Intel pins hopes on Haswell to boost PC sales

While buyers no longer seem to care about GHz, cores, and L2 cache sizes, Intel's new Haswell delivers on metric that everyone can understand -- power efficiency.

Intel is hoping that a new generation of processors featuring lower power consumption will help boost flagging PC sales, especially of portable devices such as notebooks and tablets.

The new processors are based on Intel's Haswell architecture. These processors are a follow-on from the Ivy Bridge architecture and carry forward many of the features of the architecture. This includes a 22-nanometer manufacturing process and 3D tri-gate transistors. However, Haswell silicon will feature new instruction support -- including AVX2 and FMA3 -- will include on-board graphics support for Direct3D 11.1 and OpenGL 3.2, and will provides Haswell-Ex DDR4 support for enterprise and servers.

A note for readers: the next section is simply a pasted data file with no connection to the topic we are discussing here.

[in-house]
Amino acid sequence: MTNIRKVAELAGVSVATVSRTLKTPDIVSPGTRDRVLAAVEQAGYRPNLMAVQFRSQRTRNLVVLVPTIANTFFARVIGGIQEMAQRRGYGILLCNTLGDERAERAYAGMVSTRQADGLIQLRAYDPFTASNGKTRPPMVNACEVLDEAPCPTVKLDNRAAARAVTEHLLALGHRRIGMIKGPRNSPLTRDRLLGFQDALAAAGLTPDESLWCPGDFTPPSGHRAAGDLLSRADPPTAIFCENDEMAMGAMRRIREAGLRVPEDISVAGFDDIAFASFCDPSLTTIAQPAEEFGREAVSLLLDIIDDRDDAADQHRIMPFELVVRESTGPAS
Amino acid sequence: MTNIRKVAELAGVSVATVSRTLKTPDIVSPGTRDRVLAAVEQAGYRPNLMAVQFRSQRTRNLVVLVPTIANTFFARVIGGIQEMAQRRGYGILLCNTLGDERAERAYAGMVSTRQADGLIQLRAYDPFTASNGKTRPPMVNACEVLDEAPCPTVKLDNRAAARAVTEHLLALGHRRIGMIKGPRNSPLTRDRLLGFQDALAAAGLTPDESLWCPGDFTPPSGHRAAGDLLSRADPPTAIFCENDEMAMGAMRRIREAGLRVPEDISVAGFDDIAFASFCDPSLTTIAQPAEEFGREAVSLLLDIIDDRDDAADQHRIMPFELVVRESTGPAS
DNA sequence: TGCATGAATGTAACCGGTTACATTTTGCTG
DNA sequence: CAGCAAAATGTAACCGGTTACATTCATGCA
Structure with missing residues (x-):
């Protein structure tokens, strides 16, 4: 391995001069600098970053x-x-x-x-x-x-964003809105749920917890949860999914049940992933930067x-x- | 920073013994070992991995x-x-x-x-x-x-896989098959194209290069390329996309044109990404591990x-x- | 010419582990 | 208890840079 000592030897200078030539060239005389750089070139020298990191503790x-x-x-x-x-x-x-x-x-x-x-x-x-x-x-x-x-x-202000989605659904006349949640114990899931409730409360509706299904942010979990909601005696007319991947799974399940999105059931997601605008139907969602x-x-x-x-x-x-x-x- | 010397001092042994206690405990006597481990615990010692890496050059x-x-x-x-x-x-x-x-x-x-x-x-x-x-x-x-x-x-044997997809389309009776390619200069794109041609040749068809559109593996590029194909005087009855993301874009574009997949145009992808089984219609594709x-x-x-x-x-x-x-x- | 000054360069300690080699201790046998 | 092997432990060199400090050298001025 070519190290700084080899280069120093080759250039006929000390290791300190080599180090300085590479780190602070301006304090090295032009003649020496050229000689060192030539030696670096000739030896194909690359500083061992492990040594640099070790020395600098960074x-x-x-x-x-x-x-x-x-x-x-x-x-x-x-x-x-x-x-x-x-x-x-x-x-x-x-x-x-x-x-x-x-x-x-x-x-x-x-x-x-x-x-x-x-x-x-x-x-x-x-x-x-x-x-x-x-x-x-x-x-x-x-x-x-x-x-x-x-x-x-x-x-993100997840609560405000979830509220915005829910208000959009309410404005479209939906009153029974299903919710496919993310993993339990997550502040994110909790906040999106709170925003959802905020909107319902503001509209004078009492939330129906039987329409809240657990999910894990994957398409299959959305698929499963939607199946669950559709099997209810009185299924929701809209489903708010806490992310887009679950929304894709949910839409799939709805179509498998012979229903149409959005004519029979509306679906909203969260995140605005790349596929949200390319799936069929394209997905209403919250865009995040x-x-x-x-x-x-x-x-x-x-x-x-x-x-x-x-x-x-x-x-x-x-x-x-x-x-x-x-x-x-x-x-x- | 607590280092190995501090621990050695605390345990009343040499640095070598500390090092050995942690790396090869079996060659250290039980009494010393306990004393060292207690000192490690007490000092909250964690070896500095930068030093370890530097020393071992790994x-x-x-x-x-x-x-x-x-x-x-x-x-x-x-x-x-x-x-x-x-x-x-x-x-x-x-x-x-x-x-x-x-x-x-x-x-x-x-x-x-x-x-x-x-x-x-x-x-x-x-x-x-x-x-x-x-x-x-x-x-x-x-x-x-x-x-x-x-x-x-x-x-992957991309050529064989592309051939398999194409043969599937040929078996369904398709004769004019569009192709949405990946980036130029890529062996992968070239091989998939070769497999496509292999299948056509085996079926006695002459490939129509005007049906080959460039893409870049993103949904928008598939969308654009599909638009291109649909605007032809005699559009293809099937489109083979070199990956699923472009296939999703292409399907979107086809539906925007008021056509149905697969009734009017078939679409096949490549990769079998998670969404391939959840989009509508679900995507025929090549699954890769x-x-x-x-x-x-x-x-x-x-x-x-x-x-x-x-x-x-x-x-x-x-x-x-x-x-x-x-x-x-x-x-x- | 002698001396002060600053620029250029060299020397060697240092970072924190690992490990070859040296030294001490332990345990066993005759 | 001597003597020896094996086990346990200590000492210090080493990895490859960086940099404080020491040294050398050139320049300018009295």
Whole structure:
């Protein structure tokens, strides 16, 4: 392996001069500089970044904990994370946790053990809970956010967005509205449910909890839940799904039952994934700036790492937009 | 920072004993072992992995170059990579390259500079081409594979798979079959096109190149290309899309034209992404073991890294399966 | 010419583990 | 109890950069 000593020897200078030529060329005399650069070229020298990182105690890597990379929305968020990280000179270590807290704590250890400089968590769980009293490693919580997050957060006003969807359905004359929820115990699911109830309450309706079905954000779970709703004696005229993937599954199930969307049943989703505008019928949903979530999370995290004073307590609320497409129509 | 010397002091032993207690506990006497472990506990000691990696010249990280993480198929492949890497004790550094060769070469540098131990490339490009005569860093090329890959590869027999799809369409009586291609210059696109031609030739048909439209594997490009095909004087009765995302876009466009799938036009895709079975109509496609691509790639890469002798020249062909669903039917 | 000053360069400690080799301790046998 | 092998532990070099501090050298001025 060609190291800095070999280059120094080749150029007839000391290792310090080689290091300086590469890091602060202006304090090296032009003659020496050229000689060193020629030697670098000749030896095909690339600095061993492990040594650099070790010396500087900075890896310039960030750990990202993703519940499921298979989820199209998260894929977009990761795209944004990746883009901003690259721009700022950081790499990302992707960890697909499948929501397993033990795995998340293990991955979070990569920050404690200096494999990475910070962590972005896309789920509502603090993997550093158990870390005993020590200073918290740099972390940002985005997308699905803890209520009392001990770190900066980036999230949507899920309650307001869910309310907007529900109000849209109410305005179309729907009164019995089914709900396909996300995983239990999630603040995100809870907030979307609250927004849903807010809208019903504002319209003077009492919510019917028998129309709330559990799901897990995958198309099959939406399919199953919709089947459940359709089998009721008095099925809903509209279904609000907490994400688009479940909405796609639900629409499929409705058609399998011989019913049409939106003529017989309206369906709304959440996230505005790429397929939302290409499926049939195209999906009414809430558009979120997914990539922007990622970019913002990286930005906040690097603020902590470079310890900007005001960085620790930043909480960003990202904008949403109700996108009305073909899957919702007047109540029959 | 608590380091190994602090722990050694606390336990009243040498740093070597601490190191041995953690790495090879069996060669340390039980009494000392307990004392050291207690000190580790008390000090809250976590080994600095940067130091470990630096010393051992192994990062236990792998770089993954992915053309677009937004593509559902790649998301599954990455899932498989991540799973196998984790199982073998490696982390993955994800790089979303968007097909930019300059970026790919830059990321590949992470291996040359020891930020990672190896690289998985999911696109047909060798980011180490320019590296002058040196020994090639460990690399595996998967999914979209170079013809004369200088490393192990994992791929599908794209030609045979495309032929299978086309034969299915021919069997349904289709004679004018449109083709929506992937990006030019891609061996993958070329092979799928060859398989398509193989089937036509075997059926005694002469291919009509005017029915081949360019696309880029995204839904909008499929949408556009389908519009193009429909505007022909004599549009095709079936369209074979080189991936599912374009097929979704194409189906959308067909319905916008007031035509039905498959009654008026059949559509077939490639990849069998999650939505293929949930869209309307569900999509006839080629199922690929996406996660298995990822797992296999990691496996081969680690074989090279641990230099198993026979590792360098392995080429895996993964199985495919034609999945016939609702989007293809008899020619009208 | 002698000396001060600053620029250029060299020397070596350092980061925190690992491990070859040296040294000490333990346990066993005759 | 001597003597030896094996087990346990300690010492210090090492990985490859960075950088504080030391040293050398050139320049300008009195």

The new processors also feature new sockets -- the LGA 1150 for desktop systems and rPGA947 and BGA1364 for mobile devices.

It has also been rumored that Haswell processors will feature a redesigned cache and offer support for the Thunderbolt I/O protocol.

But the real end-user benefit in Haswell is power efficiency, with Intel saying that the chips can slash power consumption by as much as 41 percent in notebooks and ultrabooks. In real terms, power consumption has been cut from 17 watts to 10 watts, offering a massive improvement in performance per watt.

The problem now is that processors no longer sell devices, it's the devices that sell the processors, and as such buyers aren't concerned any more about GHz, cores, and L2 cache sizes. However, a processor that features lower-power consumption is something that translates into a metric that everyone can understand -- longer battery life.

We can expect more information on Haswell when Intel's annual developer conference kicks off on September 11 in San Francisco.

Haswell silicon is expected to appear in notebooks and Ultrabooks released in time for next year's holiday season, so they are still some time away in real terms.

Image source: Intel.

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